Spring Break 2021 took on a different look for Clemson students. One year after the onset of a global pandemic — with many states still under travel advisories and social gathering restrictions — some students made alternative arrangements while still aiming to enjoy a week away from the stress of the classroom, COVID-19 and all that’s come with it.
Count senior food science and human nutrition major Sam Maurer among those making the most of it.
Maurer led the planning for and coordination of daily trips through Clemson Outdoor Recreation and Education (CORE), all within a manageable distance of the University.
“We did a day trip every day during Spring Break,” said Maurer, a native of York, South Carolina. “We chose a different location and activity each day.”
On Monday, the group of students went backpacking at Rainbow Falls and Whitewater Falls just across the border in North Carolina. The next day, they took paddleboards out to Lake Keowee. Wednesday proved to be the longest of the day trips, as the group traveled about three hours to just outside of Bristol, Tennessee to explore Worley’s Cave — an area featuring over 4,000 feet of caverns and tunnels.
Late in the week, they did a seven-mile whitewater paddle adventure in Dillsboro, North Carolina on the Tuckasegee River. They took mountain bikes up to DuPont State Recreational Forest.
Maurer said his favorite memory from the trips was simply the camaraderie built by the group throughout the course of the week.
“It’s always fun at the end of the week when you see that shared experience of exhaustion,” he said. “It’s because we did group activities all week together and really bonded over the week.”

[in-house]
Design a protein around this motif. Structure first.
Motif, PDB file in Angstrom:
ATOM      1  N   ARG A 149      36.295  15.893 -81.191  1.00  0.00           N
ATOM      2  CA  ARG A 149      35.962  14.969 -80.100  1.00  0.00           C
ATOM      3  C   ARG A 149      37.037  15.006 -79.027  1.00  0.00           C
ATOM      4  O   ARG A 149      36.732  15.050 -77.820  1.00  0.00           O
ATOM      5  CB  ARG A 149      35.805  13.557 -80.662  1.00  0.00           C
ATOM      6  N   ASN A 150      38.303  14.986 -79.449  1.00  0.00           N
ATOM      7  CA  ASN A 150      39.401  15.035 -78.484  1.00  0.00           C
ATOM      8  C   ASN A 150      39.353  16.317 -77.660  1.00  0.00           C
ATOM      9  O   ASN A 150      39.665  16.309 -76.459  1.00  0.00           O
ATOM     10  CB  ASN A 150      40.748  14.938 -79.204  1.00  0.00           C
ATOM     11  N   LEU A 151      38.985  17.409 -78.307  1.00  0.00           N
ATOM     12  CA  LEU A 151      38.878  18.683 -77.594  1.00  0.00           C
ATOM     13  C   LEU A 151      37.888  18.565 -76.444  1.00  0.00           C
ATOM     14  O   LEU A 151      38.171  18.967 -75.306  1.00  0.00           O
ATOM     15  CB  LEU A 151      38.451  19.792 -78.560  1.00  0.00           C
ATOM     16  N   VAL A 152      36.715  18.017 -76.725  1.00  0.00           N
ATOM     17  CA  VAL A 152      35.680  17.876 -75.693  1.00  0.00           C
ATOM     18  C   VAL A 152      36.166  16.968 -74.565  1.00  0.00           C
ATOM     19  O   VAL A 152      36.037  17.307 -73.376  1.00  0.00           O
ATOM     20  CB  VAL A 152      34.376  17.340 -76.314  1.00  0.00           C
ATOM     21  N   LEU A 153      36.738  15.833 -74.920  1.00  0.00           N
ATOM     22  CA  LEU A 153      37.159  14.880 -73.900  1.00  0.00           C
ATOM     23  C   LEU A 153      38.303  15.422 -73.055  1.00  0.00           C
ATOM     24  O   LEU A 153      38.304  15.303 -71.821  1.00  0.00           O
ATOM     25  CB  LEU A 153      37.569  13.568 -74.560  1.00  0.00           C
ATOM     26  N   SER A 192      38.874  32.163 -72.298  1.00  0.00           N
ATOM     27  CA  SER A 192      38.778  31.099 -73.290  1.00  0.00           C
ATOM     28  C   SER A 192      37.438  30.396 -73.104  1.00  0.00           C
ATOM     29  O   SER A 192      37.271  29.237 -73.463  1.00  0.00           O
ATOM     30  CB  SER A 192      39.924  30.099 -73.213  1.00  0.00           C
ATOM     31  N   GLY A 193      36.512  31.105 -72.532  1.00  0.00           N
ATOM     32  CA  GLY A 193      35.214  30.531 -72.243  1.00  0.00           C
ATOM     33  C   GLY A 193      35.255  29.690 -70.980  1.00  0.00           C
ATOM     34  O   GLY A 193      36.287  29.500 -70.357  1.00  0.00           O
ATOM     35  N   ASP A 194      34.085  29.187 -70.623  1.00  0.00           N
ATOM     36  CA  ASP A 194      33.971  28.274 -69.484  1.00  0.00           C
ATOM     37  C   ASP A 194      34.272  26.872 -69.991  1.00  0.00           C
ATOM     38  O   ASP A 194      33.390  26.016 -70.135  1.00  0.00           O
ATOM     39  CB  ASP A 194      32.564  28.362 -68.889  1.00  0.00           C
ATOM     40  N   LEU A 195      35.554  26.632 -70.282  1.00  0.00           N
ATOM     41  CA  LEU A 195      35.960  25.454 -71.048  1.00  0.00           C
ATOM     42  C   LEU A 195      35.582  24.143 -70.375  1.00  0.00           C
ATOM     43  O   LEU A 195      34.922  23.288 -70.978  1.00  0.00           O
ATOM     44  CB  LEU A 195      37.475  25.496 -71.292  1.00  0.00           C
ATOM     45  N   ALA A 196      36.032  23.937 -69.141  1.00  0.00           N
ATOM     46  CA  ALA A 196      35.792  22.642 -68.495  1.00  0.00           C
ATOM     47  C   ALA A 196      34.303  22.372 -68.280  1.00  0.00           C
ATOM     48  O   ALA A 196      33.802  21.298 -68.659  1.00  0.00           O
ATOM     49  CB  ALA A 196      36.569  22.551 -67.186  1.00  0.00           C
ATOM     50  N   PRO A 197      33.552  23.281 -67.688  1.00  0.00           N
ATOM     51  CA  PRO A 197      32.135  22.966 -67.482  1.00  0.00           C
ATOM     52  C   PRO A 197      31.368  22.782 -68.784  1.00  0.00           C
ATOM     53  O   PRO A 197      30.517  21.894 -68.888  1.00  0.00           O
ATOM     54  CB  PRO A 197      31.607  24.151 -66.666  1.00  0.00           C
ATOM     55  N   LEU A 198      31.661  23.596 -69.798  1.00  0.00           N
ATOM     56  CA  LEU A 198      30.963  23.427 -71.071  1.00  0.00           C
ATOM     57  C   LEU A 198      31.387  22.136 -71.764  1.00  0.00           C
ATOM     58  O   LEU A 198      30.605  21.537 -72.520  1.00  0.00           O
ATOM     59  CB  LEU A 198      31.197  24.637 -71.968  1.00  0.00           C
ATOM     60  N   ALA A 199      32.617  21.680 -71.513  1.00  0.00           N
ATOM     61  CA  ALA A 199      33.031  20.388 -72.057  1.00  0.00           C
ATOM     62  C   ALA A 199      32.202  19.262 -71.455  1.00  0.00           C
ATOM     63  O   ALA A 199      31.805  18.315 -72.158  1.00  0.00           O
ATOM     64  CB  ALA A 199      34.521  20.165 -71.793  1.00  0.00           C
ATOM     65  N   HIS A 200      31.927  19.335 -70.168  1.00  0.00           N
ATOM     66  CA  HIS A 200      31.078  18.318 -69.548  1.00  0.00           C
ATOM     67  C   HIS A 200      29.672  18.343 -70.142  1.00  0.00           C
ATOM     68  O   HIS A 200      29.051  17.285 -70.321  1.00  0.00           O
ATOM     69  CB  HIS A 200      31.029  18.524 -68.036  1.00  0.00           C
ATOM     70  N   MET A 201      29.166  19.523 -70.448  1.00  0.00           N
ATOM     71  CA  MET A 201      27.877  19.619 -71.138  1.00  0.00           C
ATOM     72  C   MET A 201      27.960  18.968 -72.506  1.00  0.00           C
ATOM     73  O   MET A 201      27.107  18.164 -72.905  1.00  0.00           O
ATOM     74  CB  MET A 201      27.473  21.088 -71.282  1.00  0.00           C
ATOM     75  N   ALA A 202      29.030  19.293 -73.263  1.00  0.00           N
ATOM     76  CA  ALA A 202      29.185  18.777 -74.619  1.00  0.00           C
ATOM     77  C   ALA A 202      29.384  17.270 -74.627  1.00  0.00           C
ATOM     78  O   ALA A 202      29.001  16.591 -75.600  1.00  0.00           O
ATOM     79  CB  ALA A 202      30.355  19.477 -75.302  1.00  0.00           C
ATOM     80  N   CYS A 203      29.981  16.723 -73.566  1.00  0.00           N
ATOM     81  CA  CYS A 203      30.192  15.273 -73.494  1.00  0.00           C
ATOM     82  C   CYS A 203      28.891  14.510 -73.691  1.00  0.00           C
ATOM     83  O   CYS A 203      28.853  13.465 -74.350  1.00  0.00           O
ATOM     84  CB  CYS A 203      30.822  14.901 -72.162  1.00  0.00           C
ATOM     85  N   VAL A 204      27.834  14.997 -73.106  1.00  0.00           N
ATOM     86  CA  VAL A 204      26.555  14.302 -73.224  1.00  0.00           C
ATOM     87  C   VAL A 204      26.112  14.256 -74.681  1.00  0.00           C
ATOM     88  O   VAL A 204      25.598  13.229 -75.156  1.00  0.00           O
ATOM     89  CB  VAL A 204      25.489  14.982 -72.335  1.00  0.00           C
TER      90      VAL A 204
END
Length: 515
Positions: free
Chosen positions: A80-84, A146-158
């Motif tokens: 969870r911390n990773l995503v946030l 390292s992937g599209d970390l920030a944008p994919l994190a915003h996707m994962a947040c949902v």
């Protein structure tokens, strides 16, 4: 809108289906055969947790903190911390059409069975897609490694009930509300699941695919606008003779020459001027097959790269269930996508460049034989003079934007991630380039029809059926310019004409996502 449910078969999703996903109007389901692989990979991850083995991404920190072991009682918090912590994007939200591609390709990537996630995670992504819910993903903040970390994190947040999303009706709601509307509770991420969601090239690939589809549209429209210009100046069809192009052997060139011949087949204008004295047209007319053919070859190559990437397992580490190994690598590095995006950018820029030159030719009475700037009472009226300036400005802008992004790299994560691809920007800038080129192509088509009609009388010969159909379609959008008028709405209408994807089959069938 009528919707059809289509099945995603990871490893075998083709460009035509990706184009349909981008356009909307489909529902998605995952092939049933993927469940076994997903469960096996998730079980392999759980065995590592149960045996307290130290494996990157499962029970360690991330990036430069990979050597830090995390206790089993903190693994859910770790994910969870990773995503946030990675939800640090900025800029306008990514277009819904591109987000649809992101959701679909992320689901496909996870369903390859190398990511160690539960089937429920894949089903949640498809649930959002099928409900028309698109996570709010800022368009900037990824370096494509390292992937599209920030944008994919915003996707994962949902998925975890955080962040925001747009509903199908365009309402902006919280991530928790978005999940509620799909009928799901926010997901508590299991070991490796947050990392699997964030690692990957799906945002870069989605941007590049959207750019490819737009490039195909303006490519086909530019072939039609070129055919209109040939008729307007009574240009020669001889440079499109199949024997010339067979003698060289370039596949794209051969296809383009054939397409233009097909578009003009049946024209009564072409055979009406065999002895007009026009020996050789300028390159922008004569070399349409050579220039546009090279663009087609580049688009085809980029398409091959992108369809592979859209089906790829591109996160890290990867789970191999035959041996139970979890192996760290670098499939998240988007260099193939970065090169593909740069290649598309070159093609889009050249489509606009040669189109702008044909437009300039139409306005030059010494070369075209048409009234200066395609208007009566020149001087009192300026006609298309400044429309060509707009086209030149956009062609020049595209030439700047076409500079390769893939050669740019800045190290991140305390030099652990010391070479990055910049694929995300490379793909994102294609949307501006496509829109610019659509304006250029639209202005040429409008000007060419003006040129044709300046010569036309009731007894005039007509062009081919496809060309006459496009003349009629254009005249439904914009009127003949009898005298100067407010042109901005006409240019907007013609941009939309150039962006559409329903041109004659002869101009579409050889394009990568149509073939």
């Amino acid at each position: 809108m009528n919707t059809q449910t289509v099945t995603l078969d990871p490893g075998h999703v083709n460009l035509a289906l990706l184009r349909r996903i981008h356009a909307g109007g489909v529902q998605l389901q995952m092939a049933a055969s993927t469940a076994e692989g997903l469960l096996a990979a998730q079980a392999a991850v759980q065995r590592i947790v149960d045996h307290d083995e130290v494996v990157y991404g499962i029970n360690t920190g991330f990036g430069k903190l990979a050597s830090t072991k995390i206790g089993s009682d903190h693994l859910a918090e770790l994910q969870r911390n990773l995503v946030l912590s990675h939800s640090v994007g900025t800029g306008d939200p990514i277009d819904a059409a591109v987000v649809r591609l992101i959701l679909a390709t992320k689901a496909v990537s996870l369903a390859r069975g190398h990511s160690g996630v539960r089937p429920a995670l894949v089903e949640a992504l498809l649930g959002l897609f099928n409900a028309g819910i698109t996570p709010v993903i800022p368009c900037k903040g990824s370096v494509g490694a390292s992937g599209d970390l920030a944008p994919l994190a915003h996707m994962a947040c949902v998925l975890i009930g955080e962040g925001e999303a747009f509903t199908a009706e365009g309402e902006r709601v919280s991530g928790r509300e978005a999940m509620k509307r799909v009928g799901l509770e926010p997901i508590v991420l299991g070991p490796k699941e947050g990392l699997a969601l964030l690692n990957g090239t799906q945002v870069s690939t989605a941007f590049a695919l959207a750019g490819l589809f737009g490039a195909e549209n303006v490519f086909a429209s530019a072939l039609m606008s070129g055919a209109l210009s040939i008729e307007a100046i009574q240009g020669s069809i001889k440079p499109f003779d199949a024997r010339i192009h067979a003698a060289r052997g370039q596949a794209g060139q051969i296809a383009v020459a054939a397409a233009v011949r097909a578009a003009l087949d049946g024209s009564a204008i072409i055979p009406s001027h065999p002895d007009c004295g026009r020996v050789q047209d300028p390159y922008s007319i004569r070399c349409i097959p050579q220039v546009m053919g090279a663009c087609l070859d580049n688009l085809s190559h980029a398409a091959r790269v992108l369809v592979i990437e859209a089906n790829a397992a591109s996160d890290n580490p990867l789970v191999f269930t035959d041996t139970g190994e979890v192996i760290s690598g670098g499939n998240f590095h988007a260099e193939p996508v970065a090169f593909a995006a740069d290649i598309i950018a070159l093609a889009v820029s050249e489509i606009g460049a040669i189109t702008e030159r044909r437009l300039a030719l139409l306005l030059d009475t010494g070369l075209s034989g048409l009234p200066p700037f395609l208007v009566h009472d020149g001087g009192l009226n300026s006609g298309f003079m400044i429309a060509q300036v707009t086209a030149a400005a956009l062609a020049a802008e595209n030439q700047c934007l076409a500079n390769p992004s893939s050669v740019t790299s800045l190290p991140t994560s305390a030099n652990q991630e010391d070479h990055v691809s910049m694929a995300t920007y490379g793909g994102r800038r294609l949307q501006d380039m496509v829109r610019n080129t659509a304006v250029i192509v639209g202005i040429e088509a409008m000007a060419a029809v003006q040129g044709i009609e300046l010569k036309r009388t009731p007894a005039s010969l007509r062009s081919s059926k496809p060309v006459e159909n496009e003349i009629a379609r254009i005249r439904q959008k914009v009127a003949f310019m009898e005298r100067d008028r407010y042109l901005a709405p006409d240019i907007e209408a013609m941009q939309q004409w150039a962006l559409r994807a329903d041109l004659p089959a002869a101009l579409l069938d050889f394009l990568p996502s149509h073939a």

Maurer became an outdoor recreation enthusiast as a junior and senior in high school and carried the passion over to Clemson. After discovering the CORE program, he began working with then professional staffer Austin Souto in Fall 2019.
Shortly after he joined CORE as a trip leader, the University welcomed its newest recreational facility addition with the Andy Quattlebaum Outdoor Education Center. Maurer described it as a “spectacle” and said it has enhanced the CORE program, despite the interruption of the pandemic.
“It’s certainly state-of-the-art and everything you could want for recreating in the outdoors,” he said. “It’s definitely a landmark for outdoor recreation at Clemson.”
Maurer will ease up on his CORE responsibilities as he transitions to graduate school and prepares to focus on his career at Clemson. But he will look back at Spring Break 2021 with great fondness.
“CORE has historically gone on Spring Break trips to as far as California, Colorado and Texas,” he said. “But it was fun seeing how the break culminated with everyone being more open and comfortable with each other.”